Saturday, 19 January, 2019

Chris Watts: Dad admits to killing family to avoid death penalty

Chris Watts has reached a plea deal in his murder case Chris Watts appearing in court this summer. Getty
Melinda Barton | 07 November, 2018, 16:28

Christopher Watts pleaded guilty today to the murder of his pregnant wife and two young daughters in exchange for prosecutors taking the death penalty off the table.

Chris Watts, 33, pleaded guilty to the nine charges, including first-degree murder and unlawful termination of a pregnancy, for the August slayings of his wife, Shanann, who was found in a shallow grave, and his two daughters, Bella, 4, and Celeste, 3, whose remains were found in commercial oil tanks.

Police said Watts admitted to murdering his wife but claimed he killed her because she strangled their children. But he told police that he strangled her in "a rage" when he discovered she had strangled their two daughters after he sought a separation.

Mr Rourke said he flew to North Carolina a few weeks ago to discuss the possible agreement with relatives of Shannan Watts and they signed off on removing the death penalty option.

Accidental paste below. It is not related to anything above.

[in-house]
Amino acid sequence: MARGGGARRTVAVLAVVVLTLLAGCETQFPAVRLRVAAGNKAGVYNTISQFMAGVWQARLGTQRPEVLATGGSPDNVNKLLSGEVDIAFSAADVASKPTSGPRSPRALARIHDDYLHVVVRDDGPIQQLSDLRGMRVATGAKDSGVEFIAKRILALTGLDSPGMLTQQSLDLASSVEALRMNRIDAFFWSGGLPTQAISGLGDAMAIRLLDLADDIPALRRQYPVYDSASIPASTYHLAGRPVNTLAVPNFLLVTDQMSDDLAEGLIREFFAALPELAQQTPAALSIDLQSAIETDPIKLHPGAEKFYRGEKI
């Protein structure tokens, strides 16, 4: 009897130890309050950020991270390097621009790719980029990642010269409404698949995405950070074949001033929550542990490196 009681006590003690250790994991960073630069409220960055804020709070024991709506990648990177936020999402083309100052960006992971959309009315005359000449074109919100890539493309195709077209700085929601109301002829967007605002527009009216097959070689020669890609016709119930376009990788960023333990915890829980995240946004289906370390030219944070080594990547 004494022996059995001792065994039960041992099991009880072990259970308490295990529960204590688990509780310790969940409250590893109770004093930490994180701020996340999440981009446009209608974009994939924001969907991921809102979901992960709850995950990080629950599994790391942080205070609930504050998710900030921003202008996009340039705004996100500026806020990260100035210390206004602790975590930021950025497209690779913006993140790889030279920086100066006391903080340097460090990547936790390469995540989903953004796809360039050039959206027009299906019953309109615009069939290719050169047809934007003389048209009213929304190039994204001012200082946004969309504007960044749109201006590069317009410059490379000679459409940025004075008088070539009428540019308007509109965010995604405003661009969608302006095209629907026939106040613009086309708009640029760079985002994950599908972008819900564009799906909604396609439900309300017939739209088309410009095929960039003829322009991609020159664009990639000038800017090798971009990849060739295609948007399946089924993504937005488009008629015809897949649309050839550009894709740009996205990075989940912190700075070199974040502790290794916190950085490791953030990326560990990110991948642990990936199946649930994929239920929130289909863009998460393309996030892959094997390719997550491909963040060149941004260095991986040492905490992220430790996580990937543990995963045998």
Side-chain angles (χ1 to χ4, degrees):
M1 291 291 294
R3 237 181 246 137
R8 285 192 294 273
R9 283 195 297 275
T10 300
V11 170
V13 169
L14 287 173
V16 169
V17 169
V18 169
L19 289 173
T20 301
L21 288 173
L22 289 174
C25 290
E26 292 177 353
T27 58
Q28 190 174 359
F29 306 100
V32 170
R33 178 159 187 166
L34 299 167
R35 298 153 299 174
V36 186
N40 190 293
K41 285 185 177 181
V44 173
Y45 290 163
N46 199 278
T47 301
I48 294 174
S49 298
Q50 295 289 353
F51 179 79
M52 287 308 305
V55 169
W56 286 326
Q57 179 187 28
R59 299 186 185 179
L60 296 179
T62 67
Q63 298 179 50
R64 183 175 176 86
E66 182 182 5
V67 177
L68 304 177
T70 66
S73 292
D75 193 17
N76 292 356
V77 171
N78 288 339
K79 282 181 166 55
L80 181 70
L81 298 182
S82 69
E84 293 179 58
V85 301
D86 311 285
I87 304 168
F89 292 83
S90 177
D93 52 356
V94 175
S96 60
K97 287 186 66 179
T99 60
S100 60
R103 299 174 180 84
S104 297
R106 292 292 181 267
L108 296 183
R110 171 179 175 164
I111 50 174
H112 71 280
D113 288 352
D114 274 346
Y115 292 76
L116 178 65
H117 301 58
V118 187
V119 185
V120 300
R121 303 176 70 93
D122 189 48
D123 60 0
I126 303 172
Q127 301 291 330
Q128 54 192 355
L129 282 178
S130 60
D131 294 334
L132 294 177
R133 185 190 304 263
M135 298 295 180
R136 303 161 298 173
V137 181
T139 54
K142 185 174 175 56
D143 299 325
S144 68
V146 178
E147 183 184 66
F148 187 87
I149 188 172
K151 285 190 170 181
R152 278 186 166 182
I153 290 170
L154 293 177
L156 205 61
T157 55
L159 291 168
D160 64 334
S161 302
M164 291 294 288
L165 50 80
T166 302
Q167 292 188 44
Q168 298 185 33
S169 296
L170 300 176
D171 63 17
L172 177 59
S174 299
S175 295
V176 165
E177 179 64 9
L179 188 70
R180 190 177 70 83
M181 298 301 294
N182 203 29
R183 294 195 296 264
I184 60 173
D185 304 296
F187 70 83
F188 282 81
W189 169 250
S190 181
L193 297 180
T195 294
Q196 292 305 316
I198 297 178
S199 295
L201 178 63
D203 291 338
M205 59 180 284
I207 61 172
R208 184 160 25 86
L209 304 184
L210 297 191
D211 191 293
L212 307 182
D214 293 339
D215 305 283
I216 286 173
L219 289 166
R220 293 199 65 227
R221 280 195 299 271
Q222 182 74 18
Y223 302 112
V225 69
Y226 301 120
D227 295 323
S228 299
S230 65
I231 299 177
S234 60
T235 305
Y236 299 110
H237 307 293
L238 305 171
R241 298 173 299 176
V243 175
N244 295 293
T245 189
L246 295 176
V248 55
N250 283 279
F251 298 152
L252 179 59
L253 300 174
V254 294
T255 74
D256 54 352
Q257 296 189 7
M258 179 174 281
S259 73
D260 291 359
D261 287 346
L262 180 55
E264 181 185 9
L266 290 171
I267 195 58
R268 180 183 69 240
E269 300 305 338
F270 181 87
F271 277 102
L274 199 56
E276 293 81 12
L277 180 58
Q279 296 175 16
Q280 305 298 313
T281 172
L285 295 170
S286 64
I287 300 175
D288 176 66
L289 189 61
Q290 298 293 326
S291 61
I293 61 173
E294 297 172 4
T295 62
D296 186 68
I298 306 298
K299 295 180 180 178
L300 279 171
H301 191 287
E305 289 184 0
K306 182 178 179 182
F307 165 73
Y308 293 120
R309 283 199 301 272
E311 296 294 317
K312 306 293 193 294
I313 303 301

Watts' voice quavered slightly as he entered the guilty pleas before Judge Marcelo Kopcow.

Rourke added that a factor in the decision was the impending gubernatorial election which could determine whether or not a governor would even enforce the death penalty if it applied.

Because the case is not finished until Watts is sentenced and a judge accepts his guilty plea, Rourke is still not answering questions about the investigation.

"The tragedy that sits before us today is the loss of four attractive lives", Rourke said, "and no matter what happens today or at a sentencing hearing down the road, we cant get them back". He recalled her mother, Sandra, saying Christopher Watts "made the choice" to take the lives of his family members.

"I can only say that I hope there is a sense of closure", Weld County District Attorney Michael Rourke said following the hearing.

Watts now awaits sentencing on 19 November.

Law enforcement believe they know the motive behind the murders, as well, and Rourke said he might speak about it after the sentencing.

"That, to me, was the most important consideration in deciding how to proceed with this case", Mr Rourke said.

"The spotlight that he tried to shine on Shanann - falsely, incorrectly and frankly a flat-out lie - has been corrected", Rourke said.

Still, he cautioned: Though the family was present for Chris' plea and the subsequent presser, they were "not prepared nor do they want to answer questions at this point".